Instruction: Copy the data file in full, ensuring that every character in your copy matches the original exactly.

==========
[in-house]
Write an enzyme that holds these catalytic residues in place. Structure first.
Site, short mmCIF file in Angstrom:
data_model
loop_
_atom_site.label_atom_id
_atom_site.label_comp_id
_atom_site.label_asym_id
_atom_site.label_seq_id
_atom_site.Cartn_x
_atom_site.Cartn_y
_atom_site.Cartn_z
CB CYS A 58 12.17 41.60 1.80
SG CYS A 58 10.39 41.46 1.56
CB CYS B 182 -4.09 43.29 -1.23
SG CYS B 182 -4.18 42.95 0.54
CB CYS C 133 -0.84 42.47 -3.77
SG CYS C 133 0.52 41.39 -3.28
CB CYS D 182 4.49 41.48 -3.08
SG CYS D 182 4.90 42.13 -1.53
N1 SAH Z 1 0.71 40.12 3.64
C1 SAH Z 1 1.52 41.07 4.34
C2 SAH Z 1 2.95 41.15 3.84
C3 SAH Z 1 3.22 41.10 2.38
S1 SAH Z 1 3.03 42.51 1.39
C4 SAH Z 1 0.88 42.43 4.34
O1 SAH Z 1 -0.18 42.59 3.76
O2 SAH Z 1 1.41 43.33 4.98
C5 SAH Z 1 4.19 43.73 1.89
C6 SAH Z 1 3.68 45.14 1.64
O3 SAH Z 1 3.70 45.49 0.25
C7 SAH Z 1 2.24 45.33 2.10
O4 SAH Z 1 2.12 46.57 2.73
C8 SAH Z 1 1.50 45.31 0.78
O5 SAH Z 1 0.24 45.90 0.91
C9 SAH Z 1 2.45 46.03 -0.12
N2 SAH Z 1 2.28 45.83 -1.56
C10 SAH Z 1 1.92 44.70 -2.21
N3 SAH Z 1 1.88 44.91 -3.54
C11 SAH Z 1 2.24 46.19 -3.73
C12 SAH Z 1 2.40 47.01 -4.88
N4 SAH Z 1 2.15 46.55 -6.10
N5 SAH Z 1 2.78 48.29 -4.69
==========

[in-house]
Write an enzyme that holds these catalytic residues in place. Structure first.
Site, short mmCIF file in Angstrom:
data_model
loop_
_atom_site.label_atom_id
_atom_site.label_comp_id
_atom_site.label_asym_id
_atom_site.label_seq_id
_atom_site.Cartn_x
_atom_site.Cartn_y
_atom_site.Cartn_z
CB CYS A 58 12.17 41.60 1.80
SG CYS A 58 10.39 41.46 1.56
CB CYS B 182 -4.09 43.29 -1.23
SG CYS B 182 -4.18 42.95 0.54
CB CYS C 133 -0.84 42.47 -3.77
SG CYS C 133 0.52 41.39 -3.28
CB CYS D 182 4.49 41.48 -3.08
SG CYS D 182 4.90 42.13 -1.53
N1 SAH Z 1 0.71 40.12 3.64
C1 SAH Z 1 1.52 41.07 4.34
C2 SAH Z 1 2.95 41.15 3.84
C3 SAH Z 1 3.22 41.10 2.38
S1 SAH Z 1 3.03 42.51 1.39
C4 SAH Z 1 0.88 42.43 4.34
O1 SAH Z 1 -0.18 42.59 3.76
O2 SAH Z 1 1.41 43.33 4.98
C5 SAH Z 1 4.19 43.73 1.89
C6 SAH Z 1 3.68 45.14 1.64
O3 SAH Z 1 3.70 45.49 0.25
C7 SAH Z 1 2.24 45.33 2.10
O4 SAH Z 1 2.12 46.57 2.73
C8 SAH Z 1 1.50 45.31 0.78
O5 SAH Z 1 0.24 45.90 0.91
C9 SAH Z 1 2.45 46.03 -0.12
N2 SAH Z 1 2.28 45.83 -1.56
C10 SAH Z 1 1.92 44.70 -2.21
N3 SAH Z 1 1.88 44.91 -3.54
C11 SAH Z 1 2.24 46.19 -3.73
C12 SAH Z 1 2.40 47.01 -4.88
N4 SAH Z 1 2.15 46.55 -6.10
N5 SAH Z 1 2.78 48.29 -4.69